Alberta Hunter was born April 1, 1895 in Memphis Tennessee.
Her father left when she was a child and her mother got a job in a whorehouse working as a servant to support her family. In 1906 her mother remarried but Hunter wasn't thrilled with her new found family and left home in her early teens and moved to Chicago. Hunter began her singing career at Dago Frank's whorehouse and then at Hugh Hoskin's Saloon.
She combed through every dive until she landed a job at the Dreamland ballroom in 1917 making $35 a week. Hunter stayed with the Dreamland ballroom for five years and her career as a singer and songwriter hit an all time high during the 1920s and recorded on labels Black Swan, Paramount, Gennett, Okeh, Victor and Columbia.
Finding herself bored with nothing to do she restarted her singing career. In 1978 restaurant owner Barney Josephson offered her a limited engagement at his Greenwich Village club called The Cookery. Hunter took the offer for a two week gig that turned into a smashing success. People came in droves and packed the place to hear Hunter sing. Producer John Hammond signed her to Columbia Records. Her come back lasted six years, making television appearances, an invitation to sing at the White House and wrote the soundtrack music for the motion picture "Remember My Name."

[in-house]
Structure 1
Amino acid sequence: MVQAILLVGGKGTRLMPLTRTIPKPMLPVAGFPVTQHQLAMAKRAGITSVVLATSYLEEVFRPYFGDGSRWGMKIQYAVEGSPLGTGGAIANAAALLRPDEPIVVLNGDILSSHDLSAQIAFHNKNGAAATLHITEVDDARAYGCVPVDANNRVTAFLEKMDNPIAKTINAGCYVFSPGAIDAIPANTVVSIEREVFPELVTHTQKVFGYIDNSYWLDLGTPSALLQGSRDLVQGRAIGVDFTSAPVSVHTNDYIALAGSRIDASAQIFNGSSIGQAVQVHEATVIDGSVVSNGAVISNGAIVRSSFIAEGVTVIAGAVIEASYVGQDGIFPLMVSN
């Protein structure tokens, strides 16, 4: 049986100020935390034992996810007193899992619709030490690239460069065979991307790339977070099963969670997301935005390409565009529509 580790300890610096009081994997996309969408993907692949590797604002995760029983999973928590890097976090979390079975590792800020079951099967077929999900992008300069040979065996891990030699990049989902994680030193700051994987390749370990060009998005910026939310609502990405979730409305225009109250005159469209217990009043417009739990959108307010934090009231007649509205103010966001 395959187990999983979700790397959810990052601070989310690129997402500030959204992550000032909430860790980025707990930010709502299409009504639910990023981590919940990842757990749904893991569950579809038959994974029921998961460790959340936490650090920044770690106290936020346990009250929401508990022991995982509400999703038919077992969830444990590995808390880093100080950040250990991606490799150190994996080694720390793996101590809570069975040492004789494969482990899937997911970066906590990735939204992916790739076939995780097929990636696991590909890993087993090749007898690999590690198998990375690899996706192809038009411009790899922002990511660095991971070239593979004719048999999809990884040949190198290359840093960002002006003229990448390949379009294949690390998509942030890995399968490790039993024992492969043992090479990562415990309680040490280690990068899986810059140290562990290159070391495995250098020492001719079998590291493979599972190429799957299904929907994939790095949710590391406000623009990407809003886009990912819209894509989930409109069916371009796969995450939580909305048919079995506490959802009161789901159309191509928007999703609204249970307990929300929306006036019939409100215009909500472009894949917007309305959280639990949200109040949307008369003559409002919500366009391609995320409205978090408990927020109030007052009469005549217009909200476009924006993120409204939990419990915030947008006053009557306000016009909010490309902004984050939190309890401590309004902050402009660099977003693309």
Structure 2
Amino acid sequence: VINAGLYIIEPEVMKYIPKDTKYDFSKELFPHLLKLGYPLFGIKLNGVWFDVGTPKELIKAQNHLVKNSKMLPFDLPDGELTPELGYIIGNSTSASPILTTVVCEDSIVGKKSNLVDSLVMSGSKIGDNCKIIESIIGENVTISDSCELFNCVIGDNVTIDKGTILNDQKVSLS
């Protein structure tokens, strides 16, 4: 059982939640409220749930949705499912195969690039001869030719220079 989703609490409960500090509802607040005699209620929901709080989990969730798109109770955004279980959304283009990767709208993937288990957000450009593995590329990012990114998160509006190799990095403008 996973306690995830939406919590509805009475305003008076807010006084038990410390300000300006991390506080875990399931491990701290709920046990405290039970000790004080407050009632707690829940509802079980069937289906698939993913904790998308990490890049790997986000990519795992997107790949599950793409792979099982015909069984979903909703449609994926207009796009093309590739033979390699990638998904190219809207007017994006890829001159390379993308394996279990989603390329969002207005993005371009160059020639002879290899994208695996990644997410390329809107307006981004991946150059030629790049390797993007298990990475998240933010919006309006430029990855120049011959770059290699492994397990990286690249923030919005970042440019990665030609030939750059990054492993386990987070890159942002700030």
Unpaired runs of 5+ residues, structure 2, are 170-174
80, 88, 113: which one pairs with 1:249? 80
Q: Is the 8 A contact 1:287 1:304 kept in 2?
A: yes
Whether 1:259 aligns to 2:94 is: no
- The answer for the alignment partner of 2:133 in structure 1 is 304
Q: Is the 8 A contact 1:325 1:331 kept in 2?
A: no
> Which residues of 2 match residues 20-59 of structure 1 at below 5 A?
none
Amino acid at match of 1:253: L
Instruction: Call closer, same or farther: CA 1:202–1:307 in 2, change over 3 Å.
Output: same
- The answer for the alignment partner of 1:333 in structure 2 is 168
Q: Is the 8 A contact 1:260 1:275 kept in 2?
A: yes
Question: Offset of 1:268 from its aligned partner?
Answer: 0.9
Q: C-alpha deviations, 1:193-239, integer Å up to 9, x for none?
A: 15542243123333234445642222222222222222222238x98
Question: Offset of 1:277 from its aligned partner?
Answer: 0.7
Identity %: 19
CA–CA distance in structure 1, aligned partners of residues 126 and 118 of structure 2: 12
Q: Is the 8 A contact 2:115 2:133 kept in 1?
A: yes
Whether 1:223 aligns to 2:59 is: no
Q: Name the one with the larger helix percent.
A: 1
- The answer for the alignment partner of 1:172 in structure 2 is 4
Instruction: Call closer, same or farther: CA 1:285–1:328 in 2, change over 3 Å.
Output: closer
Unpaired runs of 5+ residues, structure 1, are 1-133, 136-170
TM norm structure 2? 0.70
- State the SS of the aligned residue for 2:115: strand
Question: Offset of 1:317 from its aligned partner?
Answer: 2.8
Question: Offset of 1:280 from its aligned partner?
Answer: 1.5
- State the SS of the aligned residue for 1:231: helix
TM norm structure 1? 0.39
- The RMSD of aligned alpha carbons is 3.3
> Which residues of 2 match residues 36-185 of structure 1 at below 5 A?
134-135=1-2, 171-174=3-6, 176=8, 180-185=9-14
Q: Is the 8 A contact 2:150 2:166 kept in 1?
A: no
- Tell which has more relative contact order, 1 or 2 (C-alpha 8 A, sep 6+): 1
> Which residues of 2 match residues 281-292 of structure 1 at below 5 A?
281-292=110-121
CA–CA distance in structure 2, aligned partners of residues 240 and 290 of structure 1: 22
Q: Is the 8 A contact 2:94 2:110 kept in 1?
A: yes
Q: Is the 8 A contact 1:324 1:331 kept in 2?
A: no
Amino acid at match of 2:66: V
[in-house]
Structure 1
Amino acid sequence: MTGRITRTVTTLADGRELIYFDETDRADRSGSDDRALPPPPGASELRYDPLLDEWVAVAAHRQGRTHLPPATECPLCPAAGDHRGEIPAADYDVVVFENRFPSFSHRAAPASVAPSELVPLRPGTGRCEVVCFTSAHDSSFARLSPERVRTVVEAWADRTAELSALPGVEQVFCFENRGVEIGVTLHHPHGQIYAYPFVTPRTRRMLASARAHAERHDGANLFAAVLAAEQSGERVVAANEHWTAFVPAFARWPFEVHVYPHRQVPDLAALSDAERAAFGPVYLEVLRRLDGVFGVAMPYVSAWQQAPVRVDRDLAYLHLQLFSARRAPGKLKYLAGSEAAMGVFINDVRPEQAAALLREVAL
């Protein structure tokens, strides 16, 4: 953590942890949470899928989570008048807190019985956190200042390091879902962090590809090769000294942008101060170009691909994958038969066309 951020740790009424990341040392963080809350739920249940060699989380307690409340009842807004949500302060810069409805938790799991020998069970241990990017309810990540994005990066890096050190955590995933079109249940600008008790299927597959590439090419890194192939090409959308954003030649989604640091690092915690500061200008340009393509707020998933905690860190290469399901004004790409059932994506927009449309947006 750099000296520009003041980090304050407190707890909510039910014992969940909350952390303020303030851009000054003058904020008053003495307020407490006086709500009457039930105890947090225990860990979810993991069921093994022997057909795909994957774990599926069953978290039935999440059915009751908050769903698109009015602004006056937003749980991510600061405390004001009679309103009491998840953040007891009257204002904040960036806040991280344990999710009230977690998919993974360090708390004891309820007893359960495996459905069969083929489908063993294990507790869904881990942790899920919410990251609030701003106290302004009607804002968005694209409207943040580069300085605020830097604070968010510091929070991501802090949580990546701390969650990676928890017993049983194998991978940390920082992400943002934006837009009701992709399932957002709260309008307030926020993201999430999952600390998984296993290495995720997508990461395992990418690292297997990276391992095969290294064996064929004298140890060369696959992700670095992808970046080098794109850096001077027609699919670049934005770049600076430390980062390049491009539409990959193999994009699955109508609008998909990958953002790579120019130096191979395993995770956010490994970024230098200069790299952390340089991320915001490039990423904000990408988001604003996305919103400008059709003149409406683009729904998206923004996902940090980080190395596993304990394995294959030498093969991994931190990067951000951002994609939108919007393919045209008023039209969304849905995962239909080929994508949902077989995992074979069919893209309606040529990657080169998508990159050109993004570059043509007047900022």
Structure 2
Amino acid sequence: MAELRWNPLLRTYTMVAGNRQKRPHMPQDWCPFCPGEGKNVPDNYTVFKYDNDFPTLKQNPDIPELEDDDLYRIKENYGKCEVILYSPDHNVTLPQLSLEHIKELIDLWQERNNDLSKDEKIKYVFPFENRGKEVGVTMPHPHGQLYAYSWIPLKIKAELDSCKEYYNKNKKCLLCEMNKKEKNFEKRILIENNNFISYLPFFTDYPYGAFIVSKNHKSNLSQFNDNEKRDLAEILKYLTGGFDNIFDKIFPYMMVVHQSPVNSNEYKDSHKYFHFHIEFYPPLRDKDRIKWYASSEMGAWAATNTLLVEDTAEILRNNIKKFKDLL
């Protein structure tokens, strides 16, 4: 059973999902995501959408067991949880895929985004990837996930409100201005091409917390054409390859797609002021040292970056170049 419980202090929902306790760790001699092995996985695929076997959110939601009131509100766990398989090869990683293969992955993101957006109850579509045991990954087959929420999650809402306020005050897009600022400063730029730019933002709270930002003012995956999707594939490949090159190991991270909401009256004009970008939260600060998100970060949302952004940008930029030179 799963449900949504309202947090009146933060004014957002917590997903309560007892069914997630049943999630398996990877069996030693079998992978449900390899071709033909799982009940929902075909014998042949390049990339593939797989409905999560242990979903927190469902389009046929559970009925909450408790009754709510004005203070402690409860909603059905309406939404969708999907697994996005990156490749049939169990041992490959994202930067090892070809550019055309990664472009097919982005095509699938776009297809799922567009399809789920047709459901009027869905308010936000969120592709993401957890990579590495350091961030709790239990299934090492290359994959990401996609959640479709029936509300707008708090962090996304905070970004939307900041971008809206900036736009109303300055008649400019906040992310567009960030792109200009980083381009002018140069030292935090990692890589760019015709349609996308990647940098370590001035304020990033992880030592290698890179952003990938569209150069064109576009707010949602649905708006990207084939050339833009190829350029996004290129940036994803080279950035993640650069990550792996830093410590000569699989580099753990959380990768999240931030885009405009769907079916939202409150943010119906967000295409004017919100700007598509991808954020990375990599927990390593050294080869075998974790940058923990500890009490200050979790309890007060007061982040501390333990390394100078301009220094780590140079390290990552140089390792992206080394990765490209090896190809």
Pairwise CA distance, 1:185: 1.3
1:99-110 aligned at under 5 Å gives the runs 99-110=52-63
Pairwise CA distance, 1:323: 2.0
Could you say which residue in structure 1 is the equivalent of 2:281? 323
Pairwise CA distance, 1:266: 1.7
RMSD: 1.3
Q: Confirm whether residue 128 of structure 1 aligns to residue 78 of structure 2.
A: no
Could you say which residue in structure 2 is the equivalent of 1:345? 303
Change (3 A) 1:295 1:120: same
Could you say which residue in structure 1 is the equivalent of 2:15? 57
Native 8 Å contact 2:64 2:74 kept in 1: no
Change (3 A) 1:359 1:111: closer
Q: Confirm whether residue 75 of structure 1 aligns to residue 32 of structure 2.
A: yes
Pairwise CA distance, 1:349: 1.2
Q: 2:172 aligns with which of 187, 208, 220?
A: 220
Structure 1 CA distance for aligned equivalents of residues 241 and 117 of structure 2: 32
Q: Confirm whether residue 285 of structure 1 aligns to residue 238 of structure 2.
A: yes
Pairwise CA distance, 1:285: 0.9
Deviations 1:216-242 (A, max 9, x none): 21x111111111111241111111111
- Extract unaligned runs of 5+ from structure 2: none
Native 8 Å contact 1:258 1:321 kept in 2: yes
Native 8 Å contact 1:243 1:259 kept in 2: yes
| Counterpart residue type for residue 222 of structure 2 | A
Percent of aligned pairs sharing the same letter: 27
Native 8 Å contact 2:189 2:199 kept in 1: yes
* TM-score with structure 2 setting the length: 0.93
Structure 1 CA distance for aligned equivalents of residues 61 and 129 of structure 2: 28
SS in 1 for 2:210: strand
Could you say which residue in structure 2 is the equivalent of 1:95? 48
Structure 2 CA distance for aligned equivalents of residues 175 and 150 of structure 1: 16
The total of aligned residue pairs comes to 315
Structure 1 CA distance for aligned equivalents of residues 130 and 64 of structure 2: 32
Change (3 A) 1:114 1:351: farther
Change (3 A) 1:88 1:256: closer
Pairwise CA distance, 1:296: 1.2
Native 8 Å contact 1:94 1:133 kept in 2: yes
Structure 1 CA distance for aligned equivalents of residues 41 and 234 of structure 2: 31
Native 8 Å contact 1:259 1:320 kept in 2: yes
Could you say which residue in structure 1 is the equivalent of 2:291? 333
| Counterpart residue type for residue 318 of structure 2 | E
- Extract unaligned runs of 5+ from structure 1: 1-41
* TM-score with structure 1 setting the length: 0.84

Although Hunter was a lesbian she kept her sexuality some what private. In 1927 Hunter sailed for France with Lottie Tyler and their relationship lasted until Tyler's death many years later. Hunter also had an affair with singer Ethel Waters.
Hunter died October 17, 1984 at the age of 89. Hunter did everything from writing music to entertaining our troops during World War ll. She was inducted into the Blues Hall of Fame in 2011 while her album "Amtrak Blues" had been previously honored in 2009.